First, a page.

Each Wednesday 401kBasics posts a new article in a weekly series called “Keep the Course”. This series is designed to give the average consumer information on how to keep their 401k plan on track! Your feedback or suggestions on future articles is welcome.
A common term that’s used in retirement plans is “vesting”, but what does it mean and what impact does it have on my 401k account? The vested balance in your 401k account is the amount you are entitled to keep should you leave your company and take a withdrawal.
Vesting is calculated based on your years of service with your company. The vesting schedule will vary from one plan to the next, and employers have a little bit of flexibility in choosing the schedule. Some companies will indicate that once you reach 3 years of service then you’ll be 100% vested in the employer contribution, but at any point before then, you’ll be 0 percent vested–this is known as a 3 year cliff schedule. Other companies, will give you a percent each year, so for example, after 1 year of service your 25% vested, 2 years 50%, 3 years 75% and upon completing your 4th year you become 100% vested. This is known as a graded schedule. The maximum vesting schedule employers can use is a 3 year cliff schedule or a 6 year graded schedule.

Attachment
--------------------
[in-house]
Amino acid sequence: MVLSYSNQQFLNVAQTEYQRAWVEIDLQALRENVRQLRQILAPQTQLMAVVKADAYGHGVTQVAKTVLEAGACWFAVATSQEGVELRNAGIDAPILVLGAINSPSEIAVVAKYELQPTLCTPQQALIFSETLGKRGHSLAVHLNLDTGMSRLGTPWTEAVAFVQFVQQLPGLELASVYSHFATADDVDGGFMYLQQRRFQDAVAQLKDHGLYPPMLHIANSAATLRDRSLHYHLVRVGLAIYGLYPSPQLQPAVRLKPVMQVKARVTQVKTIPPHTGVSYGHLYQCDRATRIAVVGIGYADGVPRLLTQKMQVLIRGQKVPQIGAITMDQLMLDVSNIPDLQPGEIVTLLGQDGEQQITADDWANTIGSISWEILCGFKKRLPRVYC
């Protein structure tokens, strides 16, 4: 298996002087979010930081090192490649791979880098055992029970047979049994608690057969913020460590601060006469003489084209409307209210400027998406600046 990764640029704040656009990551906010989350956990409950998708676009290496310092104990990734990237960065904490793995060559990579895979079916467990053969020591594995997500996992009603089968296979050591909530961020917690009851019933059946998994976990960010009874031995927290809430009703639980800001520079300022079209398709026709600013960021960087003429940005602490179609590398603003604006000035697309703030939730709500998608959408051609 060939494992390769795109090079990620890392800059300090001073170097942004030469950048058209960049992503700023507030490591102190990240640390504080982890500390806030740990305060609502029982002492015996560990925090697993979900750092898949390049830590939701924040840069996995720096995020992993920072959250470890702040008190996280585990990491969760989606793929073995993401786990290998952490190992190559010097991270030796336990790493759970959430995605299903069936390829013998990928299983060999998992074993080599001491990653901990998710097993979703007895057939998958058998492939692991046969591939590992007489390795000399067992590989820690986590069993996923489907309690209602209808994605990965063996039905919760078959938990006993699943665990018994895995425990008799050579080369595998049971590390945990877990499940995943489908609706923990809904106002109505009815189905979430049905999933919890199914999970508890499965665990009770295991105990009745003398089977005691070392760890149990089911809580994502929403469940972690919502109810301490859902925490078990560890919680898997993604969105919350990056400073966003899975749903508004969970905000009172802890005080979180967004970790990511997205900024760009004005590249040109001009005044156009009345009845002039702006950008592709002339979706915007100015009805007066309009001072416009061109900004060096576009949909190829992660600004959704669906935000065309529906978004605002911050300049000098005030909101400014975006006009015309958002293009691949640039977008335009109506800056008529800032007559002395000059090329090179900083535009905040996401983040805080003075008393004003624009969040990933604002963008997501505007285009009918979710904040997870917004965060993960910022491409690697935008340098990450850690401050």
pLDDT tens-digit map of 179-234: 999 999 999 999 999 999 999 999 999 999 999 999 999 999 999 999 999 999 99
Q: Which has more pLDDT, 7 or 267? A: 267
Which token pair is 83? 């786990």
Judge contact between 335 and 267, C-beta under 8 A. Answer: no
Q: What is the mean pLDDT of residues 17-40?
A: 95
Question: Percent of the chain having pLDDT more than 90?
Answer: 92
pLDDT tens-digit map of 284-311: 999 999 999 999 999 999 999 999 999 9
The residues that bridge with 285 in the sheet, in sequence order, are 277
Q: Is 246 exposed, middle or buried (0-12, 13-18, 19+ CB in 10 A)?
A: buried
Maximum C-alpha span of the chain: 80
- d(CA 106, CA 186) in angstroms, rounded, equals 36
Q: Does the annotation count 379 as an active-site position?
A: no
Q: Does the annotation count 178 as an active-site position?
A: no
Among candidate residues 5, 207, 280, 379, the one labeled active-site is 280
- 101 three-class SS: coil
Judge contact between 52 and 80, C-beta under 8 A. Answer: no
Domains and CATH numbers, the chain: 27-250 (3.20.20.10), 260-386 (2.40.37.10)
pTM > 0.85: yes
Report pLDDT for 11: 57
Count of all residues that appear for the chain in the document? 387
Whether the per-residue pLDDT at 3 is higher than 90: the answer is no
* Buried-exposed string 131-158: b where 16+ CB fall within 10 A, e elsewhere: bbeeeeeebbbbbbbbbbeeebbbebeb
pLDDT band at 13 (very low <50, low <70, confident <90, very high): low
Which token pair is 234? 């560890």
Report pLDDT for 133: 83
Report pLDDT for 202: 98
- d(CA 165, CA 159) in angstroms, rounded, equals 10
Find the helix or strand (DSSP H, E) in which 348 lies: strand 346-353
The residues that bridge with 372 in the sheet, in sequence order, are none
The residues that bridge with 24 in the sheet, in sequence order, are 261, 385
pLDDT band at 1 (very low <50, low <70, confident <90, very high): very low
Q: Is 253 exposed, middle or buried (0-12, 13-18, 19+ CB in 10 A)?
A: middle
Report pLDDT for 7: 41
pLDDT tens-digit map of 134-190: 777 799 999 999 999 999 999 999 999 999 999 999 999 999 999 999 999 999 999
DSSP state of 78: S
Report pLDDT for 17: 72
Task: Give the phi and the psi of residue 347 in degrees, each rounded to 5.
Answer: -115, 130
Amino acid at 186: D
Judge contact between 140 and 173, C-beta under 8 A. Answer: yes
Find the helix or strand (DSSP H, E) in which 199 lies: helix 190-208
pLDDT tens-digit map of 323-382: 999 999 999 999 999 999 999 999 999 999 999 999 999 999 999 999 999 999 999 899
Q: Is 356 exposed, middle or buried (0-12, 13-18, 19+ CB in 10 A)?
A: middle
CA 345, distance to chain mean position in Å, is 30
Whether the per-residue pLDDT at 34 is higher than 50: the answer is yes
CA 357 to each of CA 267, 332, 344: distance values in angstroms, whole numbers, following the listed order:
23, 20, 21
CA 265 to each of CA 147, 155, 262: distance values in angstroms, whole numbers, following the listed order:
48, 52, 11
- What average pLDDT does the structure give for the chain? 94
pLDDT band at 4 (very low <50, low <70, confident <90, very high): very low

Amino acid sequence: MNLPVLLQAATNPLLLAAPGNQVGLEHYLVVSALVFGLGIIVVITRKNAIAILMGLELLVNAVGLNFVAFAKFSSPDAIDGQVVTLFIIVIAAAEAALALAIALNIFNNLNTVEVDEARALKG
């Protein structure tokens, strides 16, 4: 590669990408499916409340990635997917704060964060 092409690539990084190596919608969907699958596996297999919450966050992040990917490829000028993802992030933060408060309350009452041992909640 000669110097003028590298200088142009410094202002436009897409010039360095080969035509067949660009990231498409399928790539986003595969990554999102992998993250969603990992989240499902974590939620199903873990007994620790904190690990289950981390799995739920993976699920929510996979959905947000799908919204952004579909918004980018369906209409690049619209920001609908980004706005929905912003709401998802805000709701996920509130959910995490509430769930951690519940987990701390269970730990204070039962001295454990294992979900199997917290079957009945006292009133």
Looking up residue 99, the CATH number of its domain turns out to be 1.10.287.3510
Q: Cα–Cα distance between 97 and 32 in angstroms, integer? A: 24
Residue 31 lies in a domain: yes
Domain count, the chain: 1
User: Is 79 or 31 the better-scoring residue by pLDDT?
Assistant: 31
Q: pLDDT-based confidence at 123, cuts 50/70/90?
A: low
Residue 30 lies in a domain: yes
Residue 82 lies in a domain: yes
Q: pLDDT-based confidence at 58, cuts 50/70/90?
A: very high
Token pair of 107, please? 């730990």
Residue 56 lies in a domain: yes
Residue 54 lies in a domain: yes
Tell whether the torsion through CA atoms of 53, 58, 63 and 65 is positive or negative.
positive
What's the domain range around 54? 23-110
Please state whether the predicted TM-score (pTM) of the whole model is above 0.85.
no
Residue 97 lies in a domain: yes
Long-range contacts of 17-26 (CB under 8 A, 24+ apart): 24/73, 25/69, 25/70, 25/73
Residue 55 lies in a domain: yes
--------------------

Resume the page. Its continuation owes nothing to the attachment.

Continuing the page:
Keep in mind, certain types of contributions are always immediately (or 100%) vested. This means that regardless of how long you’ve worked for the company you’ll always be entitled to keep that money. These types of contributions include:
- Your pre-tax deferrals
- Your after-tax deferrals
- Money you rolled over into the plan
- Safe harbor employer contributions
Certain events will also vest your account 100% regardless of your years of service. These events often times include reaching retirement age (as defined by your plan) or disability. Be sure to review the 401k documents for your own plan, or contact your employer so you know exactly when you’ll be entitled to keep all the money that’s in your account.
This site is for entertainment purposes only. 401kBasics and it’s authors are not financial advisors and no information found on this site should be construed as financial advice.